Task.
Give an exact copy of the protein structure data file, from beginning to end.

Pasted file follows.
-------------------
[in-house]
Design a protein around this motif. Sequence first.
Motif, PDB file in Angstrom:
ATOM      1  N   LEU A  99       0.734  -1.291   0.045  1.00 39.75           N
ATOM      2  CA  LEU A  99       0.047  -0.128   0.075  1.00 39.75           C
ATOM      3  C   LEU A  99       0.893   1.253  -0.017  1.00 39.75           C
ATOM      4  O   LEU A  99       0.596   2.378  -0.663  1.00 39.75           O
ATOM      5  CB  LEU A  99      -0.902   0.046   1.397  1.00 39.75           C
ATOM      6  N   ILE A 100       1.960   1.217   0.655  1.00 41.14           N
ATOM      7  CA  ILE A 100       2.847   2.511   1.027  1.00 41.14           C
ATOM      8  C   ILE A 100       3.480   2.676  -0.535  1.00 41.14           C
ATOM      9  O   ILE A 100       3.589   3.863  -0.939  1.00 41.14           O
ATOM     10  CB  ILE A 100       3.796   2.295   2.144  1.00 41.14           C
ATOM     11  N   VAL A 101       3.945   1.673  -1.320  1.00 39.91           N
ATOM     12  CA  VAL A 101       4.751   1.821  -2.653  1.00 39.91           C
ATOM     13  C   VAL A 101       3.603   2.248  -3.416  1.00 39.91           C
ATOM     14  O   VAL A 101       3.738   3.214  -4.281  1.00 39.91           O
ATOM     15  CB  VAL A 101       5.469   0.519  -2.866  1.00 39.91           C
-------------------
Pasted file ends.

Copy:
[in-house]
Design a protein around this motif. Sequence first.
Motif, PDB file in Angstrom:
ATOM      1  N   LEU A  99       0.734  -1.291   0.045  1.00 39.75           N
ATOM      2  CA  LEU A  99       0.047  -0.128   0.075  1.00 39.75           C
ATOM      3  C   LEU A  99       0.893   1.253  -0.017  1.00 39.75           C
ATOM      4  O   LEU A  99       0.596   2.378  -0.663  1.00 39.75           O
ATOM      5  CB  LEU A  99      -0.902   0.046   1.397  1.00 39.75           C
ATOM      6  N   ILE A 100       1.960   1.217   0.655  1.00 41.14           N
ATOM      7  CA  ILE A 100       2.847   2.511   1.027  1.00 41.14           C
ATOM      8  C   ILE A 100       3.480   2.676  -0.535  1.00 41.14           C
ATOM      9  O   ILE A 100       3.589   3.863  -0.939  1.00 41.14           O
ATOM     10  CB  ILE A 100       3.796   2.295   2.144  1.00 41.14           C
ATOM     11  N   VAL A 101       3.945   1.673  -1.320  1.00 39.91           N
ATOM     12  CA  VAL A 101       4.751   1.821  -2.653  1.00 39.91           C
ATOM     13  C   VAL A 101       3.603   2.248  -3.416  1.00 39.91           C
ATOM     14  O   VAL A 101       3.738   3.214  -4.281  1.00 39.91           O
ATOM     15  CB  VAL A 101       5.469   0.519  -2.866  1.00 39.91           C